A New Year – A New Hope?
Small businesses have struggled during the pandemic, but pivoting or rearranging a business model doesn’t mean automatic success. What lessons have you learned? What makes you hopeful for 2021? Let me know — and we can share your story!
— Brenda Rees, Biz Buzz Editor
Contact me at brenda@TheEastsiderLA.com Florists take on a new pandemic role
“It’s a bittersweet time for us,” admits Gustavo Robles, owner of Psychopompos Floral in Silver Lake. He’s talking about about the recent uptick in creating condolence arrangements as well as gifts for birthdays and other milestones to recipients who can’t be physically seen because of the pandemic.
Like many other small floral shops, Robles’ business has been fueled by people wanting to send cheer, to express sympathy and to convey a good old fashion “Just Thinking of You” message to loved ones who are shut in.
Overall, however, the pandemic took a heavy toll on the florist business last year.
According to a recent report by IBIS World , “the pandemic is expected to generate the florist industry’s largest single-year revenue contraction in recent history” due in part to social distancing guidelines that is hampering revenue from wedding services and funeral homes.
Overall, the industry in the United States has a combined yearly revenue of over $5 billion which is spread across around 15,000 retail flower shops. It’s a highly fragmented industry; the 50 biggest floral companies (FTD, Teleflora, etc.) only make up 10 percent of the revenue – people often turn to the convenience of supermarket chain stores, the biggest competitor to small mom and pop shops.
Customer interaction and personalized attention may give shops like Robles’ the sensitive edge.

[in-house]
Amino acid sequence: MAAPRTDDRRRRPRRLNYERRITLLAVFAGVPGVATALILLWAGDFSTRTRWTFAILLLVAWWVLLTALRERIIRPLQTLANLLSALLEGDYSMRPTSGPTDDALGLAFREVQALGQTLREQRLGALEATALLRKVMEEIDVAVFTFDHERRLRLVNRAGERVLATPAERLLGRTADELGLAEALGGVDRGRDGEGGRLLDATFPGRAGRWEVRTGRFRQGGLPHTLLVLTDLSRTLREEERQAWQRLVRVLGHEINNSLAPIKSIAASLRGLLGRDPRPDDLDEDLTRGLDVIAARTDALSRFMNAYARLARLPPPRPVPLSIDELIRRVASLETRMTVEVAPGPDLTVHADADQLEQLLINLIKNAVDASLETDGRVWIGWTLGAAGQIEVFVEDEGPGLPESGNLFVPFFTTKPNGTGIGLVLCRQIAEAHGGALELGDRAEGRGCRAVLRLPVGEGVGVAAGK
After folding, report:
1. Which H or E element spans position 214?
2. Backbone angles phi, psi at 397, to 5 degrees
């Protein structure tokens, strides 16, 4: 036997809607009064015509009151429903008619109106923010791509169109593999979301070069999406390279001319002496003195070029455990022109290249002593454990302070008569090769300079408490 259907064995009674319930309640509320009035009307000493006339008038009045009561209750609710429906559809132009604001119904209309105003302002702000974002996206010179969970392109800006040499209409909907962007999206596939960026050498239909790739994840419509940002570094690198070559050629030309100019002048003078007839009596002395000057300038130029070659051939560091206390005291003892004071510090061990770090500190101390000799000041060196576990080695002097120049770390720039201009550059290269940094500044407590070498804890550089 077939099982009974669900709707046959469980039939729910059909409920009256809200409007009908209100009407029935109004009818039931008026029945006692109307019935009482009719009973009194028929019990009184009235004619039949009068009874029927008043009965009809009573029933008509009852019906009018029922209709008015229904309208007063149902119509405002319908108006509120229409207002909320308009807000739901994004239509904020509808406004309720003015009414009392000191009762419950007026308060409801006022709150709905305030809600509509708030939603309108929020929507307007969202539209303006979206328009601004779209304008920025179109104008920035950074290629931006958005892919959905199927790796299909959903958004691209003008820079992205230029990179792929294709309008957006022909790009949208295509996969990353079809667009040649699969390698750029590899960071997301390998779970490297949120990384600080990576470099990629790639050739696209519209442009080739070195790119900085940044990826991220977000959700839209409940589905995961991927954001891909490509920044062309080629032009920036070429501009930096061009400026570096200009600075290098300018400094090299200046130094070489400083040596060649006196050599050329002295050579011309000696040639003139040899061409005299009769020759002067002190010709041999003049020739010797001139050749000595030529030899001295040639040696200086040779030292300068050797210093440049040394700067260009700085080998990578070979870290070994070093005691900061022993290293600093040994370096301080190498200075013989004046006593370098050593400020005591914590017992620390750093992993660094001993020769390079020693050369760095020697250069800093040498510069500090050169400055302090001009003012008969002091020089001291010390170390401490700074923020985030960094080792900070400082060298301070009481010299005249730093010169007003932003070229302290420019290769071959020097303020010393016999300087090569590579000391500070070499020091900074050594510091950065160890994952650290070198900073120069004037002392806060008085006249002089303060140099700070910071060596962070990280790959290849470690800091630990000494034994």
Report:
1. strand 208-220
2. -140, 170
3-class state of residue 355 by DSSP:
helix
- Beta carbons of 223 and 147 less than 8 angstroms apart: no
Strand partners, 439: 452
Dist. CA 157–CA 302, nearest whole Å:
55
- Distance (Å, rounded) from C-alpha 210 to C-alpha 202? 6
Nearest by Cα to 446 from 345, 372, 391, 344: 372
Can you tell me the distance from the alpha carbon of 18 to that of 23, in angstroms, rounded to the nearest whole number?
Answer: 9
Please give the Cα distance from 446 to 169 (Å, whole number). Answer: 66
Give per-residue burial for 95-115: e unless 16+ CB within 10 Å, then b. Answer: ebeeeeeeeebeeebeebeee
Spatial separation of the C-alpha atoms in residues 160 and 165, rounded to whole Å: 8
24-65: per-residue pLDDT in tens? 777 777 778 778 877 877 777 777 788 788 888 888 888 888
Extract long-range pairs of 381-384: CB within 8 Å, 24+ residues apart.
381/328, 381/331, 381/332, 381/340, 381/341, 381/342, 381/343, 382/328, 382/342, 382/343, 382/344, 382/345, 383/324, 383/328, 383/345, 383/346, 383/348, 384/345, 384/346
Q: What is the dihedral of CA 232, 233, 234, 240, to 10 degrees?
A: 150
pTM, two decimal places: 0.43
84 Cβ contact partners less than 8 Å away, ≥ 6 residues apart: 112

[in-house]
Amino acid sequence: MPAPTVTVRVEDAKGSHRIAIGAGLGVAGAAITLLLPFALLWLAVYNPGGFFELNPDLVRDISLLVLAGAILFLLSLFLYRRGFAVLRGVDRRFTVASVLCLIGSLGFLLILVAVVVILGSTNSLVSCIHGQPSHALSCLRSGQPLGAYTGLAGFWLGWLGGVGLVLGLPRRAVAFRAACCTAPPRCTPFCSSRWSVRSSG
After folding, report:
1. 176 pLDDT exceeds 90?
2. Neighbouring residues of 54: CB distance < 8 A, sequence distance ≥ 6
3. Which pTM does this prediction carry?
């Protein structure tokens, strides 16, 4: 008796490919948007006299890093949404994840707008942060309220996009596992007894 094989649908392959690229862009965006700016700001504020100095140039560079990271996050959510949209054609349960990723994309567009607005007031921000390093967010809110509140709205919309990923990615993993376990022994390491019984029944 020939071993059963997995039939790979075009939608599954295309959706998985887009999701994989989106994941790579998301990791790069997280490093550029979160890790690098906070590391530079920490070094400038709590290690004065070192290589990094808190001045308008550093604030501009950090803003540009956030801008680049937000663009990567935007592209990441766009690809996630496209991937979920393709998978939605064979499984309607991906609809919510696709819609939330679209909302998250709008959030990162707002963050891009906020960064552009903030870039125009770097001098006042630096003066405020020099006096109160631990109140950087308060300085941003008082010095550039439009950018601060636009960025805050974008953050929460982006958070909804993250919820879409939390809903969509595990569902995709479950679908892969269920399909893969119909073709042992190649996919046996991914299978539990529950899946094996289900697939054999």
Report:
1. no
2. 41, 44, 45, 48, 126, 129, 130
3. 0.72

“Talking to a florist it can be emotional for many people,” says Robles about responding to family members and friends who may have lost a loved one or who haven’t seen their loved one face-to-face in months. “I say, ‘Tell me about this person, what are they like? What do they enjoy?’ I tell them ‘We’ll get through this!’ and we often end up laughing.”
Robles often suggests customers include one living plant – often a succulent or an herb – so recipients will have a living plant as a memory of the gift. On the average, people spend about $100 on his custom artful arrangements. Customer sympathy
“Sending a floral arrangement is reaching out to someone in a special way, it’s like receiving a very personal letter,” says Art Bacilio, co-owner of My Blooming Business in Eagle Rock.When the pandemic initially shut down the business, Bacilio had a lot of orders to fill – birthday and anniversary wishes. He worried that customers would just cancel. “”We have a lot of beautiful customers who understood and were sympathetic,” he says.Bacilio runs the shop with his mother, Zoila, who started the business 12 years ago designing handcrafted arrangements – mostly for weddings – from her Sunland garage. The shop has gained a steady following since it moved to this storefront nine years […]
- Digital Publications